I need a drink.

Not necessarily alcoholic. But rum is traditional.

And not because I want to feel slightly woozy at 5am in the morning.

But because of an old man.


A sailor.

As yet another Anzac Day dawns I will no doubt reflect on dad's time away from home, at war, of the sacrifices he made to be there, as well as the ones of his newlywed, left to keep the home fires burning, while their lives went on hold.

Dad served with the Royal Navy during the Korean conflict. His wasn't the worst war story. His does not involve the muck and mud and mustard gas of trench warfare like his dad's.

But like most, he came home with less people than when he started out. As, no doubt, did his enemy.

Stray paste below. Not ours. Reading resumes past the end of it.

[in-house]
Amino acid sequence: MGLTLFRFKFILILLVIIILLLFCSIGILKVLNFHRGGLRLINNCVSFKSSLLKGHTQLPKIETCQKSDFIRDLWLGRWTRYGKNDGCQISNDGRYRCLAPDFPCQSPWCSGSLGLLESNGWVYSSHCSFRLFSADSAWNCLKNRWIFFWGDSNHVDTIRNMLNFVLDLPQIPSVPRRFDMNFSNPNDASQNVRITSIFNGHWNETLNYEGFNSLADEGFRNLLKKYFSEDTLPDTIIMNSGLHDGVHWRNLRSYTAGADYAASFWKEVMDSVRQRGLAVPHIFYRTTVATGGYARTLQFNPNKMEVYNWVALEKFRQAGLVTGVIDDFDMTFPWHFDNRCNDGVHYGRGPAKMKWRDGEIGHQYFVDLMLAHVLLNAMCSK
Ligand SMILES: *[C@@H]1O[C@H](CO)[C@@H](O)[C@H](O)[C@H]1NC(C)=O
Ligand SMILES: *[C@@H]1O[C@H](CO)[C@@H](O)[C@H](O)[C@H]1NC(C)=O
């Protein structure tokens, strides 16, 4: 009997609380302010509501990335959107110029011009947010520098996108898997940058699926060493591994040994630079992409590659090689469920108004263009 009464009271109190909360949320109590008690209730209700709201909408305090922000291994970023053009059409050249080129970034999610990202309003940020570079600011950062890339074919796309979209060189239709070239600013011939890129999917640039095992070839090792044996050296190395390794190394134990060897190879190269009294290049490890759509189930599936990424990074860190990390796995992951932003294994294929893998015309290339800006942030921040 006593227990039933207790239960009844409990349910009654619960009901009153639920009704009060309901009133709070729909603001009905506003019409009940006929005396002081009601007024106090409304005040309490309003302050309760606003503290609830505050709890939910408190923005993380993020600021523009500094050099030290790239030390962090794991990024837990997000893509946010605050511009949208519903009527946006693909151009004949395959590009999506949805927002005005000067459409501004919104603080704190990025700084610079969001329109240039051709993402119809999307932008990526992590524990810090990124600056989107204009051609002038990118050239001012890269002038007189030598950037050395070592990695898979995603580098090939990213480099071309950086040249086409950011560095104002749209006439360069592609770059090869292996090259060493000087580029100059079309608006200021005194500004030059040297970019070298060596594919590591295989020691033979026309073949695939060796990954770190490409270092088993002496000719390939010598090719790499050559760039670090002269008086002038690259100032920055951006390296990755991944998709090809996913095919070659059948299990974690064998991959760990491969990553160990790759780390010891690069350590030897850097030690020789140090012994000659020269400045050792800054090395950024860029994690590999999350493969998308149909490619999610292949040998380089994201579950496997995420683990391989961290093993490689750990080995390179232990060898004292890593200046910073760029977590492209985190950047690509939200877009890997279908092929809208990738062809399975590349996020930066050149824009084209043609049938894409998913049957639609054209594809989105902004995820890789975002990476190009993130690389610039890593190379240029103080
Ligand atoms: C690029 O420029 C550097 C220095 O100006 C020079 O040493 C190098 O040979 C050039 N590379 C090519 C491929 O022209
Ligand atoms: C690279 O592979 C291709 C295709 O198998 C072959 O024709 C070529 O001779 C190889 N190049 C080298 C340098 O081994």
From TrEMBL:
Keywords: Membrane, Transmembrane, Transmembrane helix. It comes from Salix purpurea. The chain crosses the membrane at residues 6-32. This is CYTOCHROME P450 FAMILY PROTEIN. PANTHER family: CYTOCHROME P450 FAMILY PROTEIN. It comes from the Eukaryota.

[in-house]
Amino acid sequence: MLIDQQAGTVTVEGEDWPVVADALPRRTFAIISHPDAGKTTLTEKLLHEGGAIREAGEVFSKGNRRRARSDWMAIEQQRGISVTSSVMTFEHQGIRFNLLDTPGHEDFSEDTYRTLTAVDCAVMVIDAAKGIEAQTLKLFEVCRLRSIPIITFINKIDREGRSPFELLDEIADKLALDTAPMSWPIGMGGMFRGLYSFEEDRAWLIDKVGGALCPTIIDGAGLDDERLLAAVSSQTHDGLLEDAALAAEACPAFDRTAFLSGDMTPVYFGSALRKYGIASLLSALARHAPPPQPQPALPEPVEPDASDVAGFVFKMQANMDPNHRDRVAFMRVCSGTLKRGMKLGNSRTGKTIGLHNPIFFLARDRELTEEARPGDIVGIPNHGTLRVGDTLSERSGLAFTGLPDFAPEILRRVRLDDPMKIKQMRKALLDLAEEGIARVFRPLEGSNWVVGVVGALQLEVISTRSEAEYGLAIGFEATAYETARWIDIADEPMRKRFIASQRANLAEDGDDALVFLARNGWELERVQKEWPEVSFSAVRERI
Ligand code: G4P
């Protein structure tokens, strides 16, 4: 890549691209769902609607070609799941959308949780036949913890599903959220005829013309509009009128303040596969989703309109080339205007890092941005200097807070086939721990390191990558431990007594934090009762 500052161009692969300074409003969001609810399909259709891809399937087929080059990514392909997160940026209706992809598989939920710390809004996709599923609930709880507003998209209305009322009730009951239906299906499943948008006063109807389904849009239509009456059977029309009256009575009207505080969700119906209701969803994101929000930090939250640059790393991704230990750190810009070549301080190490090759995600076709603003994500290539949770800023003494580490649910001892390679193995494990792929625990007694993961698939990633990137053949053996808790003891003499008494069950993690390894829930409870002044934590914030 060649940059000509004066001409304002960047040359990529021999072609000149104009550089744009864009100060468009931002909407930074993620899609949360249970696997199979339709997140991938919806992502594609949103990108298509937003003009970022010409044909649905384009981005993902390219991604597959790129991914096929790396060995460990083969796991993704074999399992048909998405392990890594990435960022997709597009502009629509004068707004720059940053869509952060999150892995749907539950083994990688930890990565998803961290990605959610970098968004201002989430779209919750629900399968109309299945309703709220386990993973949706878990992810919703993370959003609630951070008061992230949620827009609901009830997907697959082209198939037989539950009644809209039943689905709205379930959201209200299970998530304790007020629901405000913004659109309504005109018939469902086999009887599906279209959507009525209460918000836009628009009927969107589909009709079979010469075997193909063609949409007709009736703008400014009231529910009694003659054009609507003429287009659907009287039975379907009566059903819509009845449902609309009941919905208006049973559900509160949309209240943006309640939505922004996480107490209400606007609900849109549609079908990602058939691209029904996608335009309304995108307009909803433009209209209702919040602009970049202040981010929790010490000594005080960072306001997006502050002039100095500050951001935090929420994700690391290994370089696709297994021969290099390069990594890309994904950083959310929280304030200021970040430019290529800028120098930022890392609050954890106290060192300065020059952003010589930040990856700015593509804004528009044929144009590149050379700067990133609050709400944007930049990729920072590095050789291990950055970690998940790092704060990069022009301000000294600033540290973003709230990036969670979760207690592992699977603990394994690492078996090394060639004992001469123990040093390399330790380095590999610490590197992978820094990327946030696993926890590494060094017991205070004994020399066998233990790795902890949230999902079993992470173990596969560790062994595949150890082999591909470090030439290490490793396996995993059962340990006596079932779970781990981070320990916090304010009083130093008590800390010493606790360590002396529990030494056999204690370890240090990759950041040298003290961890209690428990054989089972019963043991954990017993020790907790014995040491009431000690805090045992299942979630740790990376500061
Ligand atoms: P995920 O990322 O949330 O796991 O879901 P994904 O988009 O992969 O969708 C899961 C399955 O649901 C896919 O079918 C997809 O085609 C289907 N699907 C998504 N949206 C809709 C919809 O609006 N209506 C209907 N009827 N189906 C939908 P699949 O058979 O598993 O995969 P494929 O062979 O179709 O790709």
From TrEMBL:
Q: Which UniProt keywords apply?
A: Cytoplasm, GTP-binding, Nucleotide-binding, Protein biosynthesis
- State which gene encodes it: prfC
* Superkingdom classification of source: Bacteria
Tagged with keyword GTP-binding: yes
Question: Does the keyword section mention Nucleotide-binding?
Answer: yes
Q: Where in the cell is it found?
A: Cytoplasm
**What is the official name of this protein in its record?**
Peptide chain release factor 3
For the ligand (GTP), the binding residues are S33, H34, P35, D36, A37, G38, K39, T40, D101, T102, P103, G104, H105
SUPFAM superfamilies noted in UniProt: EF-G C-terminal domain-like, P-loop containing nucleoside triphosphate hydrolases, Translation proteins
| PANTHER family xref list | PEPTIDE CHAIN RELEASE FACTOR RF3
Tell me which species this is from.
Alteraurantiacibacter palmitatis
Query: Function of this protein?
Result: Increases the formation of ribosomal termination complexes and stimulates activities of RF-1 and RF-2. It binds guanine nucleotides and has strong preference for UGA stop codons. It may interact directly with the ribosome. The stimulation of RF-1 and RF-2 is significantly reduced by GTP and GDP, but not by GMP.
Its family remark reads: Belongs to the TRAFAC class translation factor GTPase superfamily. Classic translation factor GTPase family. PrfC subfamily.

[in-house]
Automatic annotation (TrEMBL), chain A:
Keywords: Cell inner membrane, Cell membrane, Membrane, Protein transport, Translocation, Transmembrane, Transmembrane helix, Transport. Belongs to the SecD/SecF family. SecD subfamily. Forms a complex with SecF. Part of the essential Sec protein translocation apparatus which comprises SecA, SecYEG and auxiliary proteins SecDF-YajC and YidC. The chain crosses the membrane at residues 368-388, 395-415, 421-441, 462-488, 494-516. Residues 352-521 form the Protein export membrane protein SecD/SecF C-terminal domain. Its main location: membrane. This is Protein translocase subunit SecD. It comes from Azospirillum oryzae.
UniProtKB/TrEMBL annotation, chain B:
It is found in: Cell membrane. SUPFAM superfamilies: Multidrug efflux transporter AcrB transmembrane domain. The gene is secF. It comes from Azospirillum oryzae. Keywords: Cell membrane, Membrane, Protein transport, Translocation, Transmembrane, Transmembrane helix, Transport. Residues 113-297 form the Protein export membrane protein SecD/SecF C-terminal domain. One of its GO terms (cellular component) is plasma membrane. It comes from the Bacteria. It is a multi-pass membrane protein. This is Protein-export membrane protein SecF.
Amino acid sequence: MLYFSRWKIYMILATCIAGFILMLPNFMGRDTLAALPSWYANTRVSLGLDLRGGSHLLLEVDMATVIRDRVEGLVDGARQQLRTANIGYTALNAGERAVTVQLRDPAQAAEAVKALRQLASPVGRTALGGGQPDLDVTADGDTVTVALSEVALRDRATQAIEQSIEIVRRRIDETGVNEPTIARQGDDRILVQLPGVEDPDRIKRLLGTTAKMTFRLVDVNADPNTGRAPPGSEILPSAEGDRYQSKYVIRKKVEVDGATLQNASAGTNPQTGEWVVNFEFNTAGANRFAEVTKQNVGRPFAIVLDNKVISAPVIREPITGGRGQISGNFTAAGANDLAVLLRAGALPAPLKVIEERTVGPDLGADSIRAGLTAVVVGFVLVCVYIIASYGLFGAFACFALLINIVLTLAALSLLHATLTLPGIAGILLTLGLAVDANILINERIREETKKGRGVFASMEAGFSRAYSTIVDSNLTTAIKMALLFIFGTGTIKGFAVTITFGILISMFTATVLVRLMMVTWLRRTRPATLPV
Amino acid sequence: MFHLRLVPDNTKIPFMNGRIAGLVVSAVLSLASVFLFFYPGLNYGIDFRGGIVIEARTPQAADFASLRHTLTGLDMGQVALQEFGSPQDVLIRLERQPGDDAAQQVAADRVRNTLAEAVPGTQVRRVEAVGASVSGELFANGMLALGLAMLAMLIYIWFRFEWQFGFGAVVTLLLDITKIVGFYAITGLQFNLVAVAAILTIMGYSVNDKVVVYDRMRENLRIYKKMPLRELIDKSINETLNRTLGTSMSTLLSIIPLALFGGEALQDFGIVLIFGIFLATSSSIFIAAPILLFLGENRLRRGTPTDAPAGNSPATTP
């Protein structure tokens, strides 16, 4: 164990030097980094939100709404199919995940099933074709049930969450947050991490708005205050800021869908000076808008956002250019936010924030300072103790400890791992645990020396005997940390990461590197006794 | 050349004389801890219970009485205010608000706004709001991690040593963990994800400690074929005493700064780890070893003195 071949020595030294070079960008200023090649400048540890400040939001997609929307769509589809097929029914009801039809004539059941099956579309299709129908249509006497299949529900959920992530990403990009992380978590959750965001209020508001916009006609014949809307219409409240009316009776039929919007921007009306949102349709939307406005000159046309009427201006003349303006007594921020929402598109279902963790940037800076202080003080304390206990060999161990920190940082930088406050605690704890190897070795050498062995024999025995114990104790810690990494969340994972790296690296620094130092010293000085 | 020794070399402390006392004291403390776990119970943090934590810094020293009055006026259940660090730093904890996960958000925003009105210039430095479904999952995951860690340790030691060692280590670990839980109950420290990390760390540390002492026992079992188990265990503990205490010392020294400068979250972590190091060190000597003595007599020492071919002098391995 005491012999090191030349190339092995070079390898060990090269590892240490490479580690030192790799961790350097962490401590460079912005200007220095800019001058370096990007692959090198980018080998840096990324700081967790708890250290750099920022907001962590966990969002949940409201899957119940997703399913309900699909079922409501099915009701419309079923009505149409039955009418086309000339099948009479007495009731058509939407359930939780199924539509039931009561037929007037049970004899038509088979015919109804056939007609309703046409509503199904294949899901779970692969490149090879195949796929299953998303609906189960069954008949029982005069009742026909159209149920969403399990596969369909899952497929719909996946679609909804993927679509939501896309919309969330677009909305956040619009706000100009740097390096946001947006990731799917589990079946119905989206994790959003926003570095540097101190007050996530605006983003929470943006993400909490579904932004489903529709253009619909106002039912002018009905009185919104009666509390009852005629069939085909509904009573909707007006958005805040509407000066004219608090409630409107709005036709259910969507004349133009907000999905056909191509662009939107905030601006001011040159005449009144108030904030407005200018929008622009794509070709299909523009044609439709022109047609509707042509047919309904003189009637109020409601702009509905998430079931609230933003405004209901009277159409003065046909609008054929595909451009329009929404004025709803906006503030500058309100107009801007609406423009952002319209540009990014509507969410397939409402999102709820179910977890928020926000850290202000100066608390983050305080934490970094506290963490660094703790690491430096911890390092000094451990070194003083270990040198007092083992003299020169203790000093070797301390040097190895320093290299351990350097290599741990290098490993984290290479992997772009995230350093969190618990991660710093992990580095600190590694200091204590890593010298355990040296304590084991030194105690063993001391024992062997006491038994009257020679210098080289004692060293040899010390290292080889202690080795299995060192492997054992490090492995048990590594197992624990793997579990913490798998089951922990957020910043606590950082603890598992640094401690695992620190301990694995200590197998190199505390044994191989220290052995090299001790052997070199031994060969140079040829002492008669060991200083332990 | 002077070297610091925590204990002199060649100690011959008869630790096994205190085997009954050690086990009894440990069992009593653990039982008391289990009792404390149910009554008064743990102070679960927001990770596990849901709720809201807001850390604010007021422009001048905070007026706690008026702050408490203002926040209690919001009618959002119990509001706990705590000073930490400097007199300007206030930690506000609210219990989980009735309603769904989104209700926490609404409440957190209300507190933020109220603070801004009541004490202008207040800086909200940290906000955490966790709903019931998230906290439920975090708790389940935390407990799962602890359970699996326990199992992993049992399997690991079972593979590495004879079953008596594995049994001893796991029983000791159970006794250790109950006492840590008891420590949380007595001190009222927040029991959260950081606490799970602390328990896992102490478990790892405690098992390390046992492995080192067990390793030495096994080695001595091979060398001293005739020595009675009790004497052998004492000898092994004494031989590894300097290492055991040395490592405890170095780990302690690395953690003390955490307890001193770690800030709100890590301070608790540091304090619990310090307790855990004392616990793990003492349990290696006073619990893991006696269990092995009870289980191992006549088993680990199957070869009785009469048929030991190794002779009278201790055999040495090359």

My first sip is to him.

My second is to all those who have served in defense of our way of life through service in theatres abroad, often violent, and always at degrees of personal sacrifice.

We may abhor war. And should. But sometimes we are called upon to step up and defend what we believe in.

My third and last sip is to those of us who take time to remember, or reflect.


Anzac Day's relevance may seem to fade as the years put distance between the conflicts in which our families were involved, and our own cushy lifestyles.

But there is value in being reminded how tenuous peace can be, and of how misery is but an apathy away.

Even in this relative peacetime we are often called upon to stand up for what we hold dear and believe in – freedom, justice, a chance to make a good life.

In that way the Anzac spirit lives on in us all. Be your fight climate change, or having a pedestrian crossing installed outside a local school - all who step up for a better way are worthy.

Here's to them. Bottoms up.